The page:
Riot police used water cannons and tear gas in a tense faceoff with an estimated 1,700 anti-immigrant protesters outside the main train station in Cologne, Germany.

The assembled crowd had been demanding much tougher laws on refugees after a string of New Year's Eve sexual assaults and robberies in the city blamed largely on foreigners.

Some protesters threw fire crackers and beer bottles at officers before the rally was shut down, according to a Reuters witness.

Four people were taken into custody but there no injuries were immediately reported, police said. 

German police clash with anti-Islam protesters1:00

A police spokeswoman said the anti-immigrant protest had attracted some 1,700 people, half of whom she described as coming from the "hooligan scene."

Police had called on demonstrators, some of whom had chanted that German Chancellor Angela "Merkel must go," to return to a square near the city's train station, from where they had set out on a march through Cologne.

The protesters "had separated from a second protest — a counter protest — organized by various left wing groups," CBC's Dominic Valitis reported from London on Saturday, describing it as a "a pretty challenging situation for police."

"The police in Cologne have been under a lot of pressure to perform after the events of New Year's Eve," said Lucian Kim, a freelance journalist in Berlin. On Friday Cologne's police chief Wolfgang Albers was fired amid criticism of his force's handling of those events.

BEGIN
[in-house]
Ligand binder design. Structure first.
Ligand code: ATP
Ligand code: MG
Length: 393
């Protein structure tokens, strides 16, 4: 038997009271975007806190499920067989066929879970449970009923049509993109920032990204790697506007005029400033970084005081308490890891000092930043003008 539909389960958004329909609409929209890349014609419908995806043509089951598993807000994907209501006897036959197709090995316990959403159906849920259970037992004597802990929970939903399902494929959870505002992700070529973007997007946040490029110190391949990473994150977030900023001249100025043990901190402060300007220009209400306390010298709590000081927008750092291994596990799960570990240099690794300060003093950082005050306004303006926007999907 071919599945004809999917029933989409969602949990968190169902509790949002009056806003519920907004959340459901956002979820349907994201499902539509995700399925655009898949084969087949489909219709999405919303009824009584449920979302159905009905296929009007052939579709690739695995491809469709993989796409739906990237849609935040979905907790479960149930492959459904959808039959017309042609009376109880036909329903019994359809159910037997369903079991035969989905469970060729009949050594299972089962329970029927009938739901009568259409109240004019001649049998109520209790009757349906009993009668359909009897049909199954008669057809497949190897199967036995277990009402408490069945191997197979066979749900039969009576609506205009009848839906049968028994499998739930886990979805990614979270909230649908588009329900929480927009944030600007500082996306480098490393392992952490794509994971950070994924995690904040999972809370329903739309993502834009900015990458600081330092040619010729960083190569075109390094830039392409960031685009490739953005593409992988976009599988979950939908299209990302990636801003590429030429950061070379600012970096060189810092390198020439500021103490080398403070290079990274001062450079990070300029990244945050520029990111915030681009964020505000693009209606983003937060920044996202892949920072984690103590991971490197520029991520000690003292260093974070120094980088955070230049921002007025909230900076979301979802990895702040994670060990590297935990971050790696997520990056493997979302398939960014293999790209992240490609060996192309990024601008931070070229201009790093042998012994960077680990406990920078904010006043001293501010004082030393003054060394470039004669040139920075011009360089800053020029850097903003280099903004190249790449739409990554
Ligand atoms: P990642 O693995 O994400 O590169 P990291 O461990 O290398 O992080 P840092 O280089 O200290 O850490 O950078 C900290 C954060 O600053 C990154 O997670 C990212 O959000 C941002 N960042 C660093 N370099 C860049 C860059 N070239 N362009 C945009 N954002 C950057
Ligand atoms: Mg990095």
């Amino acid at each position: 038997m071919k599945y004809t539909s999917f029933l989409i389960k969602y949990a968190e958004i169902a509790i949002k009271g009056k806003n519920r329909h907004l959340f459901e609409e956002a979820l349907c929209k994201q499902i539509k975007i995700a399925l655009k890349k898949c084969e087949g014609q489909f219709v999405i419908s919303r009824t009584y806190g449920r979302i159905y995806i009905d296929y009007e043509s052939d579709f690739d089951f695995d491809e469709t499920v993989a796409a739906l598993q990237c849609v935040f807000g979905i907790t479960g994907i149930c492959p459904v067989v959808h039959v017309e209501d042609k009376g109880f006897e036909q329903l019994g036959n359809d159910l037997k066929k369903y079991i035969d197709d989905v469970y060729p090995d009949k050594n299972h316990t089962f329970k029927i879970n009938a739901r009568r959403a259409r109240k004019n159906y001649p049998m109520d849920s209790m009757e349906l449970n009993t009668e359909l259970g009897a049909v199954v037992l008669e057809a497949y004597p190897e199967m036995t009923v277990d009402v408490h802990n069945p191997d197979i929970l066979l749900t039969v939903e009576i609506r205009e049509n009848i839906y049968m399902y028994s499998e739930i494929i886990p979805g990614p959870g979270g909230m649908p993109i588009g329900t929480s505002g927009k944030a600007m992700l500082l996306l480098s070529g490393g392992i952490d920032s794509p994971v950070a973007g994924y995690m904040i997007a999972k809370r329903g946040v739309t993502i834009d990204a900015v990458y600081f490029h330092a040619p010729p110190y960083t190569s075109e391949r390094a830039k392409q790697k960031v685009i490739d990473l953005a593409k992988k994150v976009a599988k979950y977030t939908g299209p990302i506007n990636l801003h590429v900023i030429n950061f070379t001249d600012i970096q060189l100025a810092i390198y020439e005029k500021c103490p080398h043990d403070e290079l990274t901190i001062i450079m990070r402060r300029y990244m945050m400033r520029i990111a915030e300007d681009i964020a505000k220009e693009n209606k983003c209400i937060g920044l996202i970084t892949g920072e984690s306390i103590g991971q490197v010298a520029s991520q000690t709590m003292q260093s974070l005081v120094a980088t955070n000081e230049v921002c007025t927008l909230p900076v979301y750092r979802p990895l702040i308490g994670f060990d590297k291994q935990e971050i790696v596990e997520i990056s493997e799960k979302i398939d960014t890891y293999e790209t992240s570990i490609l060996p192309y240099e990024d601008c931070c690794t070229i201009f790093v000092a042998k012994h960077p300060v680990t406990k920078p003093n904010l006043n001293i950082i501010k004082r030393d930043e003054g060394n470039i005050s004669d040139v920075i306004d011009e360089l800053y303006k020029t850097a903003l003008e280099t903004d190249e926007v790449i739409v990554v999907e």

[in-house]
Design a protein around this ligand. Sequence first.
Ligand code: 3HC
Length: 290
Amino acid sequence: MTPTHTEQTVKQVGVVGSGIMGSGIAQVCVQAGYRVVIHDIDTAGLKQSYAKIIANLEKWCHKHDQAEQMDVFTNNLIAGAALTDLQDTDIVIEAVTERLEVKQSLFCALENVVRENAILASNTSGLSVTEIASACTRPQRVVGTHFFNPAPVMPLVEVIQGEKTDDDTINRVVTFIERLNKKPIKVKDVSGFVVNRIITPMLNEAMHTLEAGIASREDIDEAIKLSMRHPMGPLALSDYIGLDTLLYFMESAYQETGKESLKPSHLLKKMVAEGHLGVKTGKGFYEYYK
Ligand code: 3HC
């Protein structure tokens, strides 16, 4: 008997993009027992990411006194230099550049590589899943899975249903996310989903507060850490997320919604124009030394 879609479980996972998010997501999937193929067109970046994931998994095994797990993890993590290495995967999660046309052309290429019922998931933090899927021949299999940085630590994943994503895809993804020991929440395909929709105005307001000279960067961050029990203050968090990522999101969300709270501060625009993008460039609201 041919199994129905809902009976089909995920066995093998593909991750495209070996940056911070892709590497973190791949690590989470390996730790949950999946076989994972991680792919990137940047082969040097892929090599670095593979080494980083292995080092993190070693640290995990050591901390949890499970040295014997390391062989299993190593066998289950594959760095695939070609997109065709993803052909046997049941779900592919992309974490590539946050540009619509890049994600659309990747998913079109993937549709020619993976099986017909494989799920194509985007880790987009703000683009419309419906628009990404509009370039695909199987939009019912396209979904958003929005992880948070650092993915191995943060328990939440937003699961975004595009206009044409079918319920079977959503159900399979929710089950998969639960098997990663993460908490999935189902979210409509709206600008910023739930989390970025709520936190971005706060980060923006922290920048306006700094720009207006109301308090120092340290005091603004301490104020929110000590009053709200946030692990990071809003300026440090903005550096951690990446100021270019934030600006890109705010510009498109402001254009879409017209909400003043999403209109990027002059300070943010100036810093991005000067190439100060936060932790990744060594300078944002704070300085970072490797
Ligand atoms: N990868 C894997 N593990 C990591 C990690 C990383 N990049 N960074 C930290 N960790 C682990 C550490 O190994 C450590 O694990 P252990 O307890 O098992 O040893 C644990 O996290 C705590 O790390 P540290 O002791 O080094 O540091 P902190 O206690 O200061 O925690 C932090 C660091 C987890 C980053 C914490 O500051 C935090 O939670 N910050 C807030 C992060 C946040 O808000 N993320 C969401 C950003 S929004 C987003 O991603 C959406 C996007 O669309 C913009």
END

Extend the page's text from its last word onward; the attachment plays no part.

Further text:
A German police spokeswoman said the anti-immigrant protest attracted some 1,700 people, half of whom she described as coming from the "hooligan scene." (Wolfgang Rattay/Reuters)

The anti-Islam protesters on Saturday were from the group PEGIDA, which stands for Patriotic Europeans Against the Islamization of the West. The group says that immigration and national identity are issues neglected by German politicians.

The reports of the attacks on women by groups of men described by police as predominantly Arab or North African in origin have fuelled calls for tighter controls in Germany, which received nearly 1.1 million migrants in 2015.

Also Saturday, Merkel's Christian Democrats agreed on a proposal to strengthen the ability of police to conduct checks of identity papers, the dpa news agency reported.


Opponents also showed up to denounce the anti-immigration demonstrators in Cologne. (Wolfgang Rattay/Reuters)

As well, the party at a meeting in Mainz, also agreed to exclude foreigners from being granted asylum who had been convicted of crimes and sentenced to terms even as light as probation.

"This is in the interests of the citizens of Germany, but also in the interests of the great majority of the refugees who are
here," Merkel said. 

The proposal would need parliamentary approval.

With files from The Associated Press and Reuters